Review: Ethan: Meteor Hunter (PS3)

3 mins read
Review by Matt S. 

As much as the traditionalists would hate me for saying this, there are times where I would prefer to play a game using a nice, big touch screen. There are certain times where a human’s ability to directly interact with an object will provide superior precision when compared to working through an intermediary (i.e controller).

Ethan: Meteor Hunter is one such example. This little puzzle platformer focuses entirely on a little mouses’ telekinetic powers to manipulate various objects in the environment, and trying to do this with a controller is clunky and inefficient.

That’s not to say it isn’t an engaging game, because Ethan: Meteor Hunter throws up some great, challenging puzzles almost from the outset. The game is broken up into short levels that typically focus on a single core challenge. There’s a brief lead up, a challenging puzzle that involves moving blocks around to reach inaccessible areas, and then, after the a-ha moment, the next level. Complicating things further and providing fodder to make completionists tear their hair out is a strict time limit and a number of crystals that need picking up in order to get 100 per cent completion.

The character and level design is in itself a little too generic for its own good, but I can certainly see that younger people with enjoy its cartoon charm, even if the levels are a little difficult for them. There isn’t much of a narrative, and what there is is told through some quite ugly cut scenes. Nor is there much personality around the character animations. It’s all very clearly a budget production, though there’s more than enough content within the download to make it worth it’s inexpensive asking price once you get going.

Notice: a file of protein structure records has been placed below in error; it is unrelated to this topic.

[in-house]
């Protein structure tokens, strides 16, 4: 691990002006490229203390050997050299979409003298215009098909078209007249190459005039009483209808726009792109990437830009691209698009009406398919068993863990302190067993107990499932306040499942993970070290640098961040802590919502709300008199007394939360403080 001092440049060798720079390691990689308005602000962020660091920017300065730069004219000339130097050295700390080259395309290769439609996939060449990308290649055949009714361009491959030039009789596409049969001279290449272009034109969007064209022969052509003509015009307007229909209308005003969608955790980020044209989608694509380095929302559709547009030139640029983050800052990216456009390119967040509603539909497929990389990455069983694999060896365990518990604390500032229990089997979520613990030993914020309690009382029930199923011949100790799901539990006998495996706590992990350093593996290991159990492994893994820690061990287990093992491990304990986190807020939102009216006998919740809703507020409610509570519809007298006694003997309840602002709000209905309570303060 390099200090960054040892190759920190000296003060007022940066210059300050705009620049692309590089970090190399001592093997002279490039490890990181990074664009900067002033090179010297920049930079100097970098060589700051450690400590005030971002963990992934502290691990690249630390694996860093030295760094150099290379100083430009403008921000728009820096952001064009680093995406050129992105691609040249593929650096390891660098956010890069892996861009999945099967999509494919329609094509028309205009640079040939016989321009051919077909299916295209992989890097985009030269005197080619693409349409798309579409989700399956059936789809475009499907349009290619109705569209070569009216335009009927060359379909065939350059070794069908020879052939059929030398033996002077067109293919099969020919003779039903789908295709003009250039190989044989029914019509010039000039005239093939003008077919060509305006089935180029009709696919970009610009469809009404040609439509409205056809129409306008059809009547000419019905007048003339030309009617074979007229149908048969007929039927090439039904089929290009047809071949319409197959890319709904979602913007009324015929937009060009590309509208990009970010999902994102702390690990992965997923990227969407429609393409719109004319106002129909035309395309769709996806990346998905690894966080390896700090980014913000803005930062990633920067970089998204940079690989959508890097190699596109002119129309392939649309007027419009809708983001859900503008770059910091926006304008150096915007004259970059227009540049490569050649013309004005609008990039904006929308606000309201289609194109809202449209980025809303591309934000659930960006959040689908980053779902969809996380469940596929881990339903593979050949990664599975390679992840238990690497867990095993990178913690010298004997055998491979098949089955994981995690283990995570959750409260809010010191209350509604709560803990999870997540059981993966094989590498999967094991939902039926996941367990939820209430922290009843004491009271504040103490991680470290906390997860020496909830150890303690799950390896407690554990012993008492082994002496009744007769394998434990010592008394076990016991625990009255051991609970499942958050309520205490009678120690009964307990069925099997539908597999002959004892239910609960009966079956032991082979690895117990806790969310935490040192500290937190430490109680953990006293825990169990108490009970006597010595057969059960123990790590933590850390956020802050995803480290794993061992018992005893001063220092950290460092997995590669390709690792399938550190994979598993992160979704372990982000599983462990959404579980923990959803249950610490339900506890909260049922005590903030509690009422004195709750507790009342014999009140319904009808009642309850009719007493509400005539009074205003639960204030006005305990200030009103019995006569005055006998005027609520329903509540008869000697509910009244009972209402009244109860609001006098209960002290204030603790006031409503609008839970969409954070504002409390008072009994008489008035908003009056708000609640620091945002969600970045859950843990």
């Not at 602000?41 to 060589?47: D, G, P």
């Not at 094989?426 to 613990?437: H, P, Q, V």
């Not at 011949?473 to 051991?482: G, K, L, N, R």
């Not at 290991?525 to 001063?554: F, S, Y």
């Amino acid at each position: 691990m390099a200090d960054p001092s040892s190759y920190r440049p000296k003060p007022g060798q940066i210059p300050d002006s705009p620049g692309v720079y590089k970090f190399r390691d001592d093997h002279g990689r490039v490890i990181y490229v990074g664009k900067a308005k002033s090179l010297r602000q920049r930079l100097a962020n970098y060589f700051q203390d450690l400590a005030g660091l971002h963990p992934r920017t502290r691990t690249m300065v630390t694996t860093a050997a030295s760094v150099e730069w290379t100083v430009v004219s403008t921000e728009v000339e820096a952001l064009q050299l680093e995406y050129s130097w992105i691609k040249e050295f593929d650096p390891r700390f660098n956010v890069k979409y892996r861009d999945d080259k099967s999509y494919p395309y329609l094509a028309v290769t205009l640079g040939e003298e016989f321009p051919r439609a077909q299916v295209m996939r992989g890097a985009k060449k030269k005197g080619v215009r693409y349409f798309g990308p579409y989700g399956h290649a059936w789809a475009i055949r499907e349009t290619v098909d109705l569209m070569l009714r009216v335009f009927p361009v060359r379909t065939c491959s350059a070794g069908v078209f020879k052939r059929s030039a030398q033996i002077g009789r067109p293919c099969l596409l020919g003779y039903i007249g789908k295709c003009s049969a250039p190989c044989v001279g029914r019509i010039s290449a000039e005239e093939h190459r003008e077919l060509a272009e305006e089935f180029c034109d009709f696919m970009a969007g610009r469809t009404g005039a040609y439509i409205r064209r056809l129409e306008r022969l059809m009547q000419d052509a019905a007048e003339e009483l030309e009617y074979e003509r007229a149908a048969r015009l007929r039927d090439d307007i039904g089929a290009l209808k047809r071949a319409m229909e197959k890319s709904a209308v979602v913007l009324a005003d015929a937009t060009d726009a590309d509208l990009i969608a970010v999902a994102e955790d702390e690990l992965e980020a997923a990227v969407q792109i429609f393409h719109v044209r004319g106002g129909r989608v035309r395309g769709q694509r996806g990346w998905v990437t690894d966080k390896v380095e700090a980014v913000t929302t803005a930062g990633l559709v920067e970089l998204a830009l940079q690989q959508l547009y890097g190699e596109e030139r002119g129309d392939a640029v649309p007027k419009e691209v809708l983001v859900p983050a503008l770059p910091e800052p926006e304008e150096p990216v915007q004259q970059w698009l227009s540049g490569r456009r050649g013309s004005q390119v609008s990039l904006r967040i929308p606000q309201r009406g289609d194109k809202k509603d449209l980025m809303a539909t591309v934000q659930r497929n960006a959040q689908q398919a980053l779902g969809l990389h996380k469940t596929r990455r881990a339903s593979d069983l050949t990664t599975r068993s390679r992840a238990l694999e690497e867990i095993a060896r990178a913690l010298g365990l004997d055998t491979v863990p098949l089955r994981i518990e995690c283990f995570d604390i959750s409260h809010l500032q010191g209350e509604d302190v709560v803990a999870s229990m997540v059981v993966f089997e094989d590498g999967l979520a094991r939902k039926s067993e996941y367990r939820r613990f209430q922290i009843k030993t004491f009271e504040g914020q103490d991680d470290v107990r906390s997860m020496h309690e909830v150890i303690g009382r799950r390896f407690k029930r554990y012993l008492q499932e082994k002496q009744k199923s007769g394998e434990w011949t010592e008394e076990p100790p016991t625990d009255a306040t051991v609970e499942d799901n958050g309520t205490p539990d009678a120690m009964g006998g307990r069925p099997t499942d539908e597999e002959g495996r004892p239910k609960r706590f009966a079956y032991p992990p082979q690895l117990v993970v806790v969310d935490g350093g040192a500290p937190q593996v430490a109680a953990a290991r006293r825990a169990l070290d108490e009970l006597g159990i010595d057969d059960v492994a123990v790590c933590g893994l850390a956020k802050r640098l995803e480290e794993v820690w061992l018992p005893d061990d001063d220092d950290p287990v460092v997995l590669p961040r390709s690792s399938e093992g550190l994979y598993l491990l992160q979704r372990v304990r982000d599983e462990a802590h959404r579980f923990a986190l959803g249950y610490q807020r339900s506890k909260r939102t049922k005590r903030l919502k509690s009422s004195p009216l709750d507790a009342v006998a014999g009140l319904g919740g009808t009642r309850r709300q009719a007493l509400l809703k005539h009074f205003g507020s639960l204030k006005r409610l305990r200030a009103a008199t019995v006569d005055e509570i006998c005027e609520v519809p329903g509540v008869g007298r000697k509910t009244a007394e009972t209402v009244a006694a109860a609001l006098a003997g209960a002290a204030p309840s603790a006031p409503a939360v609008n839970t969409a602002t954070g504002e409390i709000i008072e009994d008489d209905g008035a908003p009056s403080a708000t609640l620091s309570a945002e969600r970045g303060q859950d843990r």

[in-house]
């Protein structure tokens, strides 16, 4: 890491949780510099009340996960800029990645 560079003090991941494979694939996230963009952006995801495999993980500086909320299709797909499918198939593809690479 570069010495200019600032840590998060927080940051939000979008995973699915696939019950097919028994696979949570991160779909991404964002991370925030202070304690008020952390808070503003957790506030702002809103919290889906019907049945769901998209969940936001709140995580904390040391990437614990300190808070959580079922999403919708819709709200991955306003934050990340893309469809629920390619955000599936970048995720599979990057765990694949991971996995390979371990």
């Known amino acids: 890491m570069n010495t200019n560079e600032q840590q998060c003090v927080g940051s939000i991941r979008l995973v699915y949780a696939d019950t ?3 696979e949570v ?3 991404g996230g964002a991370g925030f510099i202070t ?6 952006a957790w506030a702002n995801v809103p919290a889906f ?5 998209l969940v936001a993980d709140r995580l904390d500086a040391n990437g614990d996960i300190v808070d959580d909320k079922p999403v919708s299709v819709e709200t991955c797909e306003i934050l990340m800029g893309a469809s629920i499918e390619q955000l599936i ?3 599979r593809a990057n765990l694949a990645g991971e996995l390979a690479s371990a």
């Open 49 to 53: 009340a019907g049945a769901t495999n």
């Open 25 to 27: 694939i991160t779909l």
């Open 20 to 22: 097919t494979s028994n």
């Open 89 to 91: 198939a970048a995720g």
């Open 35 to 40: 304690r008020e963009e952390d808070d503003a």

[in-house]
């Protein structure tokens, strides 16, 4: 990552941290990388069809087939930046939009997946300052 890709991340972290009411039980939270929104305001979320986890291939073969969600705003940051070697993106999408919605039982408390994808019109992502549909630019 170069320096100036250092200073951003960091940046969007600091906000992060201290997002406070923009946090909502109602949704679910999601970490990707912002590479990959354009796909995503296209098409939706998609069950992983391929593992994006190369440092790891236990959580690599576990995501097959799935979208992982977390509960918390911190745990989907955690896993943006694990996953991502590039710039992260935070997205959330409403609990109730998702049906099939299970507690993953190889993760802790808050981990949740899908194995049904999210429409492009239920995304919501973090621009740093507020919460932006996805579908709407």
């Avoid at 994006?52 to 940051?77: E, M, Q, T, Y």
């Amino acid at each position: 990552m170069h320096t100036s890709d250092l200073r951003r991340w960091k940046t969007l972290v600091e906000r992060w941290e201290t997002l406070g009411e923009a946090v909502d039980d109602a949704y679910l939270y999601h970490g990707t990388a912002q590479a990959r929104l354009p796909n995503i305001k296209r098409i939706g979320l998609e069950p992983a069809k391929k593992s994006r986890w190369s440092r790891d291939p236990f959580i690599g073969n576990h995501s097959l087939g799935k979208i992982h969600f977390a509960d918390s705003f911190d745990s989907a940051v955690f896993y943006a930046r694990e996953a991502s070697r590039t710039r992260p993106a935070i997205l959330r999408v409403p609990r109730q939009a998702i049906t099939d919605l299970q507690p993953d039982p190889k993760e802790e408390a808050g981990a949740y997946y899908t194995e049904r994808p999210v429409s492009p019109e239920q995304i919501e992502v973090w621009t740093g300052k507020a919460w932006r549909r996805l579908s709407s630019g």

So it is quite disappointing that for a game that often requires fine manipulation of objects and precise placements, the PS3’s controller gets the job done, but not as easily as I would have liked. When I’d be looking to move an object millimetres to the right or left a tap on the analogue stick would send the object a few millimetres too far. It sounds trivial, but if I was playing on a touch screen (whether that be iPad or PlayStation Vita/ 3DS) I simply wouldn’t have this problem. The object would go where my finger dropped it.

Considering the manipulation of objects is so core to the game, Ethan: Meteor Hunter’s greatest problem is that it’s not as seamless as other games out there. There’s nothing offensive about it, but in the absence of anything to make the game stand out, and in belonging to such a overcrowded genre, it’s hard to get too excited over this release.

– Matt S
Find me on Twitter: @digitallydownld

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